All Fall Down Cover

All Fall Down — here’s a video introduction to the latest book in Richard Snodgrass’ Furnass Series. To learn more about All Fall Down click here.

All Fall Down — Available Now!

Critical Acclaim

For Richard Snodgrass’ Novels


Author &

Richard Snodgrass’s short stories and essays have appeared in the New England Review/Bread Loaf Quarterly, South Dakota Review, California Review, Pittsburgh Quarterly, and elsewhere. He is also a master photographer who has been artist-in-residence at LightWorks (University of Syracuse) and at the Helene Wurlitzer Foundation in Taos, New Mexico. He is the recipient of a fellowship from the Pennsylvania Council on the Arts.

In 1989, Viking published Snodgrass’s novel There’s Something in the Back Yard to critical acclaim: “Observe this mysterious book and be changed,” wrote Jack Stephens in the Washington Post Book World. Snodgrass is also the author of An Uncommon Field: The Flight 93 Temporary Memorial, published in September of 2011 by Carnegie Mellon University Press, and Kitchen Things: An Album of Vintage Utensils and Farm Kitchen Recipes, published in 2013 by Skyhorse and named one of the year’s “best books to get you thinking about food” by the Associated Press.

Richard Snodgrass lives in Pittsburgh, PA with his wife Marty and two indomitable female tuxedo cats, raised from feral kittens, named Frankie and Becca.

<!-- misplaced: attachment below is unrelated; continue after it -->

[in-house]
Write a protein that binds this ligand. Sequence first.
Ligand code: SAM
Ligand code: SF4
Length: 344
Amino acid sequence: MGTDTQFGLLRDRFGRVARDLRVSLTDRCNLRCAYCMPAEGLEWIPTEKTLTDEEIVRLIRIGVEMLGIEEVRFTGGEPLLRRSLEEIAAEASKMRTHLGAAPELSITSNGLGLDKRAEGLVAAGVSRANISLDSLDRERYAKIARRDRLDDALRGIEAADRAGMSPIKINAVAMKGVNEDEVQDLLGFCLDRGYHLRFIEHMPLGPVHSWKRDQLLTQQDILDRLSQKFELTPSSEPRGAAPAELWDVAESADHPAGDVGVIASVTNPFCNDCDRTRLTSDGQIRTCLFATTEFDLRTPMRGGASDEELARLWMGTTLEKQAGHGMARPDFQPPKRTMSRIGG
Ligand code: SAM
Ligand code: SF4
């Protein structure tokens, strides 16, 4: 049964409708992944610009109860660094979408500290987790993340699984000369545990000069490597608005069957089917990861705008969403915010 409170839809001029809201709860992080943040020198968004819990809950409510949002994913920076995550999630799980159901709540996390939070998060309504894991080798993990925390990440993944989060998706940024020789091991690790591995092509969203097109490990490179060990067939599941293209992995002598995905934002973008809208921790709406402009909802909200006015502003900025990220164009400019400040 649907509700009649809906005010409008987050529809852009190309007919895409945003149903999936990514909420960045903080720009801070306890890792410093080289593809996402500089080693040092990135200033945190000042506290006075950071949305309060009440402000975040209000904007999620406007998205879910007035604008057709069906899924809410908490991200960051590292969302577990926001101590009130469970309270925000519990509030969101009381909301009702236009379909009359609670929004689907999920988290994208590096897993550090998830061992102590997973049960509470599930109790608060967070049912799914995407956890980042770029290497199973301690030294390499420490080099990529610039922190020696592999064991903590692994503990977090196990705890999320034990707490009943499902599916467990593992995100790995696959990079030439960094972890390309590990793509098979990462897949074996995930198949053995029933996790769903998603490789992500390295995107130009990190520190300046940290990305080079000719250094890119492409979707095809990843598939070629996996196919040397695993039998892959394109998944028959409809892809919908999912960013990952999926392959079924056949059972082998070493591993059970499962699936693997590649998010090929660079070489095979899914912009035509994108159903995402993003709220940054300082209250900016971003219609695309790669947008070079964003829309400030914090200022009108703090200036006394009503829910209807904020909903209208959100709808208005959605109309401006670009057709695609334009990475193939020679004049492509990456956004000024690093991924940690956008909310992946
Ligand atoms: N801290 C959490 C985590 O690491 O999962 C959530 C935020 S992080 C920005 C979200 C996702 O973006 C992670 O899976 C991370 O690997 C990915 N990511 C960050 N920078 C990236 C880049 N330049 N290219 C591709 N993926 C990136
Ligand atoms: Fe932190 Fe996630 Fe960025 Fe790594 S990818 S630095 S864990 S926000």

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The inside of the church was lighter than the foyer but not by much. The stained-glass windows glowed dully with little illumination, backlit by the gray light from outside. On the wall between the windows were half-life-sized friezes of the Stations of the Cross, as if Christ’s struggles to drag the cross through the streets were seeping out of the plaster. Flanking the sanctuary were grottos and niches displaying holy statues; confessionals lined the rear of the church like a row of guardhouses. Or wood porta-potties. Banks of small votive candles flickered at the railing in front of the main altar. The church was empty except for one lone figure kneeling in front of a grotto with a statue of the Virgin holding the infant Jesus. Harry Todd sidestepped through the empty pews to the side aisle and approached her, taking a seat nearby. It was several minutes before Donna lifted her head and looked at him. She smiled, a dreamy, almost beatific expression on her face, as if she weren’t at all surprised to see him, almost as if she were expecting him. Harry Todd smiled in return.
I’ll bet I’m going to wish I had waited outside. . . .

Book Two of the Furnass Towers Trilogy
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4 days ago

Richard Snodgrass

I wish I had taken your picture a thousand more times, my beautiful neighbour 💔 For all the history lovers, architecture lovers (who feel that buildings have souls), Paris lovers: we are all no doubt feeling the same helplessness and sadness. I can’t help but think of the artisans who have spent the last decade tirelessly restoring the roof, how painful this must be for them to watch it all burn. They will of course rebuild what has been lost, spire and all, just as they did once before in the 19th century. But she’ll require our patience for years to come. Until then, her ruins should stand as a reminder of how fragile our history is. I hope she will also inspire a new generation to learn the dying crafts that will eventually see her restored and keep the artistry alive. Here’s to our Notre Dame, who will continue to inspire even at her darkest moment 🥀❤️🕊#notredame #Paris ... See MoreSee Less

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